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Edward Yiu: The livability of the city has deteriorated

Prof. Edward Yiu, Associate Director of Institute of Future Cities (Photos by ISO staff)

You're an associate director of the Institute of Future Cities. What does this institute do?

The institute has five centres. I focus on research on land and housing policy. My colleagues work on sustainability, community planning, cultures of ethnic minorities, and art, which are some areas related to the development of future cities. Of course, global warming and air pollution are also relevant topics. Studies on cities are interdisciplinary in nature and require the cooperation of experts from different fields.

What made you focus your studies on Hong Kong's housing problems?

I'm a professional surveyor. I used to concern myself with the problem of building dilapidation, which inevitably involves the issue of property value. I found that even though some buildings were quite shoddily constructed, their value kept rising. House prices in most cities around the world are only slightly higher than their costs. The situation in Hong Kong is strange. Construction costs make up only one-third to one-fifth of house prices. What's the rest? Curiosity about this made me study Hong Kong's housing problems.

What are the problems of high property prices?

Property in Hong Kong has been ranked 'severely un-affordable' by international standards. This causes social problems. First, it has an impact on people's decisions to get married and have children. People don't get married or delay marriage, and they are reluctant to have children. This in turn affects our demographical growth. Second, people are forced to live in some very unbearable housing, such as caged homes, coffin rooms, sub-divided flats. Now even pigsties are sold for people to live in. The livability of the city has deteriorated significantly. Finally, housing unaffordability causes social unrest and xenophobia.

What are the causes of Hong Kong's sky-high property prices?

Hong Kong's unaffordable housing market has three causes, and our government is to blame for them. First, the government has pegged our currency to the US dollar. When the US lowers their interest rates and adopted a policy of monetary easing, our property market suffers from overheating as a result of a continuous inflow of 'hot money' into the city. Second, the government doesn't have the authority to screen and approve newcomers from mainland China to the city. In fact it is eager to bring in quality migrants and high-skilled workers. When our housing is unaffordable and in short supply, the increase in high-income people will only push house prices higher. Third, there is a long-standing shortage of land supply. The government even placed a moratorium on land sales. This is also a cause of our current woes.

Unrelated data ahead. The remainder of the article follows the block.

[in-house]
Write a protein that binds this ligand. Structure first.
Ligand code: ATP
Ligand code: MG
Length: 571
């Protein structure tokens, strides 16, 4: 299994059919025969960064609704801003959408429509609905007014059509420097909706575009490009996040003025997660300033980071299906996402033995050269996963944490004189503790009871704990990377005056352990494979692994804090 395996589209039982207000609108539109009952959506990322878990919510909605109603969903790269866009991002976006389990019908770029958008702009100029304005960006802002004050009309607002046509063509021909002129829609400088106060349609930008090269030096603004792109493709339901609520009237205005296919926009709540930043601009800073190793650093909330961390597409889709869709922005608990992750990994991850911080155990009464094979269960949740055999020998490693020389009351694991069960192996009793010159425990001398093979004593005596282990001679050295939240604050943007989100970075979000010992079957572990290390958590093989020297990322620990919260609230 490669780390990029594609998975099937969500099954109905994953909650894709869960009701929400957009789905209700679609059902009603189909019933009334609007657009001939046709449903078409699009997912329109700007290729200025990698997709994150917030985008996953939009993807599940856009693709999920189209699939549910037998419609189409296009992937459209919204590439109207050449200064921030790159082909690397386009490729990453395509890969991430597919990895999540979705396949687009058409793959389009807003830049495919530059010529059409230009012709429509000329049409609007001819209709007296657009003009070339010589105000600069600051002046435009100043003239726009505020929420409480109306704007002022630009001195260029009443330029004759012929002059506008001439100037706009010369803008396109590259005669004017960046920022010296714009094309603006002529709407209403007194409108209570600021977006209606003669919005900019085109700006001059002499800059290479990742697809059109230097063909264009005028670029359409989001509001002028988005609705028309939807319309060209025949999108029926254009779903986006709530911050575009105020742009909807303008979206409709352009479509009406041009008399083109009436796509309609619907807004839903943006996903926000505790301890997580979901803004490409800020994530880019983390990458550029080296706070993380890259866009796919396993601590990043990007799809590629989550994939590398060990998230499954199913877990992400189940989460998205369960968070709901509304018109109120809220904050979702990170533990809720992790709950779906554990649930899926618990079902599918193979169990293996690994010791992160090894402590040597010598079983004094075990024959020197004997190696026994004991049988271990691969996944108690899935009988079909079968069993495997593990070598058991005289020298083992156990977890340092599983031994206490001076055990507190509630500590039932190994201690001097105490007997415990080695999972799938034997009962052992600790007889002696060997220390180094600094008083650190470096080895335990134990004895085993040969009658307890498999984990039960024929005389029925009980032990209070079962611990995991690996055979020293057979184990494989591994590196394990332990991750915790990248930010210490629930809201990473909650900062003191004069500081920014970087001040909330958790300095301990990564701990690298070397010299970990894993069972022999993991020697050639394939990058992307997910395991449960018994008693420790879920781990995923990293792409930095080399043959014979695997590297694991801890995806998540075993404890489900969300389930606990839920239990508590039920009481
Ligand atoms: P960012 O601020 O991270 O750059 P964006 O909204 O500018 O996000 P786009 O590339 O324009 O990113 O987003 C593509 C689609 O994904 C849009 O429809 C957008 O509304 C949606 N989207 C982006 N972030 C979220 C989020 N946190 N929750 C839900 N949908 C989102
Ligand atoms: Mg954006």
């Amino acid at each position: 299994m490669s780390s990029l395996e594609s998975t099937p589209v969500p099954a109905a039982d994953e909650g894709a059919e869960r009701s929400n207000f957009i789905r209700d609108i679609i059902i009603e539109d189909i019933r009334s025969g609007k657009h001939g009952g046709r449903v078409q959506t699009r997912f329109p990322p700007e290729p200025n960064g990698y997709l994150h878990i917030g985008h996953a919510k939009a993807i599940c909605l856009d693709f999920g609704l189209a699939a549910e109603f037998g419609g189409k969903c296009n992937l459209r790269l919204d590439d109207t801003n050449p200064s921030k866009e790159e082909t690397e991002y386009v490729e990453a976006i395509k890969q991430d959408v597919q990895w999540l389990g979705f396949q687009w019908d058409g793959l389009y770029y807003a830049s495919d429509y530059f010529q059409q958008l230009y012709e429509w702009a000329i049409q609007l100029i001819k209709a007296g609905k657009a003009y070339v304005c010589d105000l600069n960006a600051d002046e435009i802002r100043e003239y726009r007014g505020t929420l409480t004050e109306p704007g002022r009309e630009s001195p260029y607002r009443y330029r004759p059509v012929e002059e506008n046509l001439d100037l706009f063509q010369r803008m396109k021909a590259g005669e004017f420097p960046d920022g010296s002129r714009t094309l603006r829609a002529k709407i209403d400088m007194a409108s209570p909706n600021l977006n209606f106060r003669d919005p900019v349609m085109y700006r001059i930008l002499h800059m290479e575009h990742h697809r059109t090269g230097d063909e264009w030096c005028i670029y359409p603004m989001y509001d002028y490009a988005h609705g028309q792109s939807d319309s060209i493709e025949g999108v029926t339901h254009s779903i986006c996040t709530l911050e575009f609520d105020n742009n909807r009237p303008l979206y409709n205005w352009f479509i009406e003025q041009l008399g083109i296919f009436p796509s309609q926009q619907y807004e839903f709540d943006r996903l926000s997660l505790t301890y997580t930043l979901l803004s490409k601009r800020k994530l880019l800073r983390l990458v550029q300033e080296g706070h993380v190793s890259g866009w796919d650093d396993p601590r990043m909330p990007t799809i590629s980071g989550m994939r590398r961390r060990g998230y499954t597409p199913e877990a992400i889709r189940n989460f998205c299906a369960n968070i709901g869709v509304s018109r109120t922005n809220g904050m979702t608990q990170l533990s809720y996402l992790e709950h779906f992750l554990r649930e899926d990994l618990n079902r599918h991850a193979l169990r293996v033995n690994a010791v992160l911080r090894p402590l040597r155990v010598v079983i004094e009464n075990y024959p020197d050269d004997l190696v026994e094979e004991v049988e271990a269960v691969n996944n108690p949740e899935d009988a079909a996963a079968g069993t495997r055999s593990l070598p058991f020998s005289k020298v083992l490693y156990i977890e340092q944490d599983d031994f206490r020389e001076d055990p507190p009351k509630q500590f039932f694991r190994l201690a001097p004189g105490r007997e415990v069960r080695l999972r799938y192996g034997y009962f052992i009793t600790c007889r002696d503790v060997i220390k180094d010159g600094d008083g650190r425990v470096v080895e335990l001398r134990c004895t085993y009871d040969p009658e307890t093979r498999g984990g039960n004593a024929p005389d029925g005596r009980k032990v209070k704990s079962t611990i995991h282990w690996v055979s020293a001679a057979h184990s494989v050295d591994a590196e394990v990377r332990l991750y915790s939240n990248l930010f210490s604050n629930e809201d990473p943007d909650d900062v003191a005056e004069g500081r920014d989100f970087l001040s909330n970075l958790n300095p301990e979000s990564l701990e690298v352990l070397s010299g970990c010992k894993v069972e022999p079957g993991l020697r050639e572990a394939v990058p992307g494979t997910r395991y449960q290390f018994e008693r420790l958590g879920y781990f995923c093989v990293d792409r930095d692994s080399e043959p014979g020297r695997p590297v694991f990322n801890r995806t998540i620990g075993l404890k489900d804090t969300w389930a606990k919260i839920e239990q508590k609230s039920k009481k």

Some scholars have advised that we should develop our country parks. What's your view on this?

We must keep two things in mind when discussing the issue of developing country parks. First, the population density of urban areas in Hong Kong is 25,000 people per km2, which is among the highest in the world. But the overall density of Hong Kong as a whole is 7,000 people per km2, which falls somewhere in the middle on a worldly scale. With such high density, Hong Kong is not considered a livable city, but it is not too bad. The colonial government chose a model of concentrated development for this city. Urban areas have been built to high density, while rural areas, country parks and the green belt have remained low density or uninhabited, so that citizens can enjoy the natural environment in the countryside. This is a trade-off. So, we can't say: Wow, 40% of our land is country parks. It's a lot. Let's take some out for development. If we do so, the overall density of Hong Kong will significantly increase and our living quality will plunge.

The second reason that we should leave our country parks alone is the fact that we have 4,000 hectares of unused government land and 800 hectares of brownfields. Brownfields are contaminated land used as container depots, scrapyards and storage areas. By adopting a brownfield-first policy, we can acquire enough land. And we can leave aside the issue of touching country parks for the next 20 or 30 years.

Is there any way to solve our housing problems once and for all?

The most optimal solution is a real democratic government. With real democracy, we can right the wrongs of the past colonial system of treating land as an asset of the government, instead of the people. And any decisions on land can be put under public scrutiny. But it seems that this solution won't be coming any time soon. A short- or medium-term solution is adopting Singapore's public housing programme. In Singapore, affordable housing is a right to which every citizen is entitled. In Hong Kong, public housing is a social welfare benefit that only people with low-enough income can enjoy. But in reality subsidized housing makes up more than half of the total housing units in Hong Kong. Many people with incomes or assets exceeding the limits still live in subsidized housing. Rather than letting people fight for public housing and home ownership scheme flats, why don't we hold an extensive public consultation? If the general public is in favour of the Singaporean model, then we should make it a consistent policy. Then people can focus their energy on developing their careers instead of fretting about housing.


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